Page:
First, before the Blog a few items of interest:
1) I want to invite you to join my new group on Linked in: DRAWING MANGA & CARTOONS. It's for people, like yourselves, who want to network, publicize their art, and look for opportunities to exchange ideas:[link]
2) Does anyone have the time, or interest in starting a new DA group with me, on How-To-Draw techniques and tutorials? O'm looking for someone technically able to do it, who can devote the time to make it successful, and who also can stay involved in it.
3) Can anyone please tell me how to advertise a drawing contest on other groups? I've got one coming up, where I'm going to give away prizes to the top two contestants.
HERE'S THE BLOG:
DRAW LIKE A BEGINNER
I'm often asked if, as a professional cartoonist, if I actually draw the way I teach other people how to draw in my How-To-Draw cartoons and manga books. Okay, I'll explain, but promise to keep it confidential, just between you, me and the internet. What a person wants to know when they ask this question is whether or not I start with the basic shapes and guidelines, which are so plentiful in my books. In other words, is there some kind of secret shortcut I am using while, at the same time, trying to keep the rest of the proletariat from advancing. Granted, there may be some paranoia in my interpretation of the question, but nonetheless, the answer may surprise you.
To explain, I first need to tell you how I teach. In a nutshell, I blend classical art training with contemporary styles of pop art in a way that's easy to follow, which gives the reader a foundation. If you just teach style, without foundation, then the reader can't take what he's learned and apply it to other styles and characters. I also developed a method of simplifying more advanced techniques, so that the reader isn't forever vanquished to "Start-With-A-Circle"- Land. As a result, the artist starts to draw better, sooner, and creates more contemporary characters, which reflect the ever-evolving styles of manga and cartoons.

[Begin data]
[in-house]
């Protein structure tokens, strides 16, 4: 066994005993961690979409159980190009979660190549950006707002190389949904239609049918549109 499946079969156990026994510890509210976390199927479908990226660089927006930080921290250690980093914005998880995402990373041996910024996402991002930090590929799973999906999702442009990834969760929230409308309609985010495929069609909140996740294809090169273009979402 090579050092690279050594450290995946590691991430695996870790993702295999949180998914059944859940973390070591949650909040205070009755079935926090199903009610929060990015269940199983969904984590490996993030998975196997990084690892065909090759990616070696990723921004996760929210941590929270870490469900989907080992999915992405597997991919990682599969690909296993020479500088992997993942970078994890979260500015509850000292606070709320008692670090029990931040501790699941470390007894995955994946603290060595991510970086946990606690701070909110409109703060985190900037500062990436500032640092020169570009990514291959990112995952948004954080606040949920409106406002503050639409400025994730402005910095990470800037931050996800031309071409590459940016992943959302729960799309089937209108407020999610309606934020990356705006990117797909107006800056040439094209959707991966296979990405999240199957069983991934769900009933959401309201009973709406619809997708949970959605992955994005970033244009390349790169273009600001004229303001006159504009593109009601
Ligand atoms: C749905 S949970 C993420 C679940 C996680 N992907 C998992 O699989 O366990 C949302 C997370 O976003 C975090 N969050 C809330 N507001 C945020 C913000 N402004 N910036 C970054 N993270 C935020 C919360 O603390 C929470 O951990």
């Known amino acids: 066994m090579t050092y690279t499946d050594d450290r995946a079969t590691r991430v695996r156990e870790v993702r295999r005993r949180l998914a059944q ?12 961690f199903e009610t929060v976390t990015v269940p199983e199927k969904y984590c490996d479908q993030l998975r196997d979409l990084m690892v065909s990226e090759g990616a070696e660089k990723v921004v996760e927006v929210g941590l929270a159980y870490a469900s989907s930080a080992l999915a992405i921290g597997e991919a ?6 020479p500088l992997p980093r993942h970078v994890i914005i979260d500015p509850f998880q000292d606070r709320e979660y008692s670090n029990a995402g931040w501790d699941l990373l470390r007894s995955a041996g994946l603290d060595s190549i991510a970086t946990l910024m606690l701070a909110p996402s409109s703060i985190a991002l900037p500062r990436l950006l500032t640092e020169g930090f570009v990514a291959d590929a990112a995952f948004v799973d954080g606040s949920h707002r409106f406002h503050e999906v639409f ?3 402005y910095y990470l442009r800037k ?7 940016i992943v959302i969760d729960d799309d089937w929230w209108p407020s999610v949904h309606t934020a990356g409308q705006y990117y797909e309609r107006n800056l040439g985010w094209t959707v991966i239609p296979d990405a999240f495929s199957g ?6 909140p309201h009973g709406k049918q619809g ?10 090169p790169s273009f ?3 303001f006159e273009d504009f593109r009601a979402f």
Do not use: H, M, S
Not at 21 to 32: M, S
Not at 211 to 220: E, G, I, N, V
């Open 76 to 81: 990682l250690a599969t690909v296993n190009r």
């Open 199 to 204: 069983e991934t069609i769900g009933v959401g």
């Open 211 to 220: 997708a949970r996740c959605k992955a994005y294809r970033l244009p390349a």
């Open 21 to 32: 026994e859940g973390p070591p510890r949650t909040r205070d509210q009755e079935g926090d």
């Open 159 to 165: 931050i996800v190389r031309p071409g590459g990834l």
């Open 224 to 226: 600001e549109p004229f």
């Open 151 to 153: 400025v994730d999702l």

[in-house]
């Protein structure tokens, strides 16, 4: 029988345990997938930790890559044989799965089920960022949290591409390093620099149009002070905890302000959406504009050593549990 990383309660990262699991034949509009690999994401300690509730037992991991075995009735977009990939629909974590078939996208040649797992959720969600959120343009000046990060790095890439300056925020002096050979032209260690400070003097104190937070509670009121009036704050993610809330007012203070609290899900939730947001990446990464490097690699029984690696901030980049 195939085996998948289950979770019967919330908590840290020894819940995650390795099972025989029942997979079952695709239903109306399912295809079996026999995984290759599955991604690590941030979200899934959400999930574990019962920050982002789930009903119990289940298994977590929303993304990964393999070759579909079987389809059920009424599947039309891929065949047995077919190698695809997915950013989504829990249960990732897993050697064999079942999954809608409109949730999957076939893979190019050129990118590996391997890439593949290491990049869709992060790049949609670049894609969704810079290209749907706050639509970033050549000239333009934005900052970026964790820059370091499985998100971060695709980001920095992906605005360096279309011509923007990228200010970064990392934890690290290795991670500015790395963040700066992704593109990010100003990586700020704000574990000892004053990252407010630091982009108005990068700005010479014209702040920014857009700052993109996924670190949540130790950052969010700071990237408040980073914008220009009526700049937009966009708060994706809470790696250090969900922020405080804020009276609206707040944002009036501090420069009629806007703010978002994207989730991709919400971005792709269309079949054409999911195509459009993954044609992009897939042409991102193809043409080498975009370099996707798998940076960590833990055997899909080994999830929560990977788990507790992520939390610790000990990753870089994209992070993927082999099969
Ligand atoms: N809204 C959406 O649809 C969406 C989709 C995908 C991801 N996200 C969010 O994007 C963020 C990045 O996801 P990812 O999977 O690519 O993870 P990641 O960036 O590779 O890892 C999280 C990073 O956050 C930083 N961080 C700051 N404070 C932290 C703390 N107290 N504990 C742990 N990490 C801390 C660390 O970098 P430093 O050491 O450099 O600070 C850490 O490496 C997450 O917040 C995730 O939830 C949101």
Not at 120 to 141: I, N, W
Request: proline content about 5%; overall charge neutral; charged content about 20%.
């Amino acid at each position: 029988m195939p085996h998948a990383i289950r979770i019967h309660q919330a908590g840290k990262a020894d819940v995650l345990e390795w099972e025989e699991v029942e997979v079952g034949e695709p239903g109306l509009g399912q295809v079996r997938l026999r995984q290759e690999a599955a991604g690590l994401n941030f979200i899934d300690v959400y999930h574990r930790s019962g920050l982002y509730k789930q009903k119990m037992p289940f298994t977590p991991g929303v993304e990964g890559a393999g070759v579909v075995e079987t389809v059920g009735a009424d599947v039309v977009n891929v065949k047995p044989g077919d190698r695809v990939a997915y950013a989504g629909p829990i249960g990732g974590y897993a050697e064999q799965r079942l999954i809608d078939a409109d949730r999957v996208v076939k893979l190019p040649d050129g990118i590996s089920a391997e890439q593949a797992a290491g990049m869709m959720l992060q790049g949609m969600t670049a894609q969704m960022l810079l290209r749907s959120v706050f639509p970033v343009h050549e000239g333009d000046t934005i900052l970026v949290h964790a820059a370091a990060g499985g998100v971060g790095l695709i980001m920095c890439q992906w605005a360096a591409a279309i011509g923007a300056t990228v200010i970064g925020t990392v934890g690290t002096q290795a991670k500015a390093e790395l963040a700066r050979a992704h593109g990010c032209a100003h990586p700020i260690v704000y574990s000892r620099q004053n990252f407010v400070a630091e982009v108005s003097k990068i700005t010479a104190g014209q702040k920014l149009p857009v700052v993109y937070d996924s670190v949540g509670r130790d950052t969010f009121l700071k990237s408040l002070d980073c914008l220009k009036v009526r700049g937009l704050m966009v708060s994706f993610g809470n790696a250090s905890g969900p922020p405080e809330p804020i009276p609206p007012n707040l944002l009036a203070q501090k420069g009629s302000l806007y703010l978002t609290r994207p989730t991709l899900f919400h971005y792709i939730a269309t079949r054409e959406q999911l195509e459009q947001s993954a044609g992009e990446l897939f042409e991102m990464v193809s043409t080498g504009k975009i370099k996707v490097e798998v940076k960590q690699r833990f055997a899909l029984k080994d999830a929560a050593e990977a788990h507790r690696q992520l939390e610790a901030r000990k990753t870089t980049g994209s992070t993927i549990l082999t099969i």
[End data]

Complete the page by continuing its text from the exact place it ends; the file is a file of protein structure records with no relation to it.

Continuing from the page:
I have found that this not only works for students, but works for me, too. If you watch my How-To-Draw videos on Youtube, you'll see that I start with a modified head shape, onto which I add the guidelines before beginning to draw the features. Is this mere habit, like going to the refrigerator every 20 minutes to see if there's something new in there? (You know you're really desperate when you check the frozen foods section more than twice.)
The basics always remain necessary. Cartoons and manga are mainly based on line work, without shading. That can make a drawing look flat. To compensate for the flat appearance, we need to emphasize rounded shapes and curving lines to create a 3-dimensional look.
So for today's takeaway, I'm going to quote a wise friend, who once advised me in this manner:
"If you don't leave the basics, you'll never have to go back to them."
See you next week!